A page-turning psychological thriller in which mental illness is tragic.


In a special school on a small Massachusetts island, a boy struggles to find his place in time.

Bo attends the Berkshire Academy for Children with Exceptional Needs. Narrating in the present tense, he explains the school’s mission: training kids to master their supernatural powers and to hide them from the broader world. But something horrendous has happened: Bo, who time travels, took his girlfriend, Sofía, back to 1692 and accidentally left her there. As a brown-skinned Latina (Bo’s white, which goes unspecified) who turns invisible, Sofía could face execution in the Puritan colony, which is enduring the Salem witch trials. Bo works doggedly to travel back in time and save her, but the timestream fights him, and someone may be controlling his mind. A trickle of textual clues and several first-person chapters from Bo’s sister, Phoebe, reveal that delusions, dissociation, and psychosis are at work. Bo has severe mental illness, as do his classmates. His palpable torment, confusion, and belief in his powers build to a terrifying crescendo in a vivid conflagration scene. Bo sees a choice: the 21st century, where he’s sick, or somewhere outside time with Sofía, where he has powers. At the end, the text steals Bo’s voice and centrality by giving the closing narration to Phoebe—flipping Bo’s story, suddenly and frustratingly, into a disabled-sibling tale.

A page-turning psychological thriller in which mental illness is tragic. (Fiction. 14 & up)

Pub Date: July 19, 2016

ISBN: 978-1-59514-715-8

Page Count: 352

Publisher: Razorbill/Penguin

Review Posted Online: April 2, 2016

Kirkus Reviews Issue: May 1, 2016

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A contemporary hero’s journey, brilliantly told.

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The 17-year-old son of a troubled rock star is determined to find his own way in life and love.

On the verge of adulthood, Blade Morrison wants to leave his father’s bad-boy reputation for drug-and-alcohol–induced antics and his sister’s edgy lifestyle behind. The death of his mother 10 years ago left them all without an anchor. Named for the black superhero, Blade shares his family’s connection to music but resents the paparazzi that prevent him from having an open relationship with the girl that he loves. However, there is one secret even Blade is unaware of, and when his sister reveals the truth of his heritage during a bitter fight, Blade is stunned. When he finally gains some measure of equilibrium, he decides to investigate, embarking on a search that will lead him to a small, remote village in Ghana. Along the way, he meets people with a sense of purpose, especially Joy, a young Ghanaian who helps him despite her suspicions of Americans. This rich novel in verse is full of the music that forms its core. In addition to Alexander and co-author Hess’ skilled use of language, references to classic rock songs abound. Secondary characters add texture to the story: does his girlfriend have real feelings for Blade? Is there more to his father than his inability to stay clean and sober? At the center is Blade, fully realized and achingly real in his pain and confusion.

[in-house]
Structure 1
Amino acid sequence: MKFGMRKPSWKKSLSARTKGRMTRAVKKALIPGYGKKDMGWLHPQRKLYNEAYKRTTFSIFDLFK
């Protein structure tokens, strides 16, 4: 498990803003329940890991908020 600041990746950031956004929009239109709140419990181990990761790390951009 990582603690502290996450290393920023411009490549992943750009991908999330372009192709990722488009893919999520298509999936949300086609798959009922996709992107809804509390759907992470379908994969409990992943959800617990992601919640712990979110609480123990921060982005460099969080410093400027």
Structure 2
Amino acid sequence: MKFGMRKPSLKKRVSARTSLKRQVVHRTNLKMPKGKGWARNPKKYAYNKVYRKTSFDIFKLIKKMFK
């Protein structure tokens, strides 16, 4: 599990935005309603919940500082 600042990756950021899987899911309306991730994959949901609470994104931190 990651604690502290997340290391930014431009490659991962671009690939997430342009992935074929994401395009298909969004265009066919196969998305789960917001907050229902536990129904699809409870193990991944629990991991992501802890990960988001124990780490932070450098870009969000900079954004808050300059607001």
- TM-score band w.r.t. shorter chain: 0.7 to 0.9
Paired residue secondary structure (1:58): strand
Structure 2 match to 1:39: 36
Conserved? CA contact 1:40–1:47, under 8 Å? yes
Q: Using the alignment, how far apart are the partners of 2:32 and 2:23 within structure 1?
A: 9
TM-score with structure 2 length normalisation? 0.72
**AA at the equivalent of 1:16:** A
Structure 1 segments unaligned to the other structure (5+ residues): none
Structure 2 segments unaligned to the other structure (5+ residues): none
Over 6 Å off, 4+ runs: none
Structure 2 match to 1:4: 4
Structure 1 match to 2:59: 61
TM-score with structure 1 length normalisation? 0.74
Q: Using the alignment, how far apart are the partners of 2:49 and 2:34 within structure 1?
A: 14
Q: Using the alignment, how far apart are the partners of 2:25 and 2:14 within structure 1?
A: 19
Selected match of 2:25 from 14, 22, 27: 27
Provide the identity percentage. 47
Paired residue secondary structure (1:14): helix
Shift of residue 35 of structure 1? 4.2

A contemporary hero’s journey, brilliantly told. (Verse fiction. 14-adult)

Pub Date: Aug. 1, 2017

ISBN: 978-0-310-76183-9

Page Count: 464

Publisher: Blink

Review Posted Online: May 1, 2017

Kirkus Reviews Issue: May 15, 2017

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This grittily provocative debut explores the horrors of self-harm and the healing power of artistic expression.

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After surviving a suicide attempt, a fragile teen isn't sure she can endure without cutting herself.

Seventeen-year-old Charlie Davis, a white girl living on the margins, thinks she has little reason to live: her father drowned himself; her bereft and abusive mother kicked her out; her best friend, Ellis, is nearly brain dead after cutting too deeply; and she's gone through unspeakable experiences living on the street. After spending time in treatment with other young women like her—who cut, burn, poke, and otherwise hurt themselves—Charlie is released and takes a bus from the Twin Cities to Tucson to be closer to Mikey, a boy she "like-likes" but who had pined for Ellis instead. But things don't go as planned in the Arizona desert, because sweet Mikey just wants to be friends. Feeling rejected, Charlie, an artist, is drawn into a destructive new relationship with her sexy older co-worker, a "semifamous" local musician who's obviously a junkie alcoholic. Through intense, diarylike chapters chronicling Charlie's journey, the author captures the brutal and heartbreaking way "girls who write their pain on their bodies" scar and mar themselves, either succumbing or surviving. Like most issue books, this is not an easy read, but it's poignant and transcendent as Charlie breaks more and more before piecing herself back together.

This grittily provocative debut explores the horrors of self-harm and the healing power of artistic expression. (author’s note) (Fiction. 14 & up)

Pub Date: Aug. 30, 2016

ISBN: 978-1-101-93471-5

Page Count: 416

Publisher: Delacorte

Review Posted Online: May 4, 2016

Kirkus Reviews Issue: May 15, 2016

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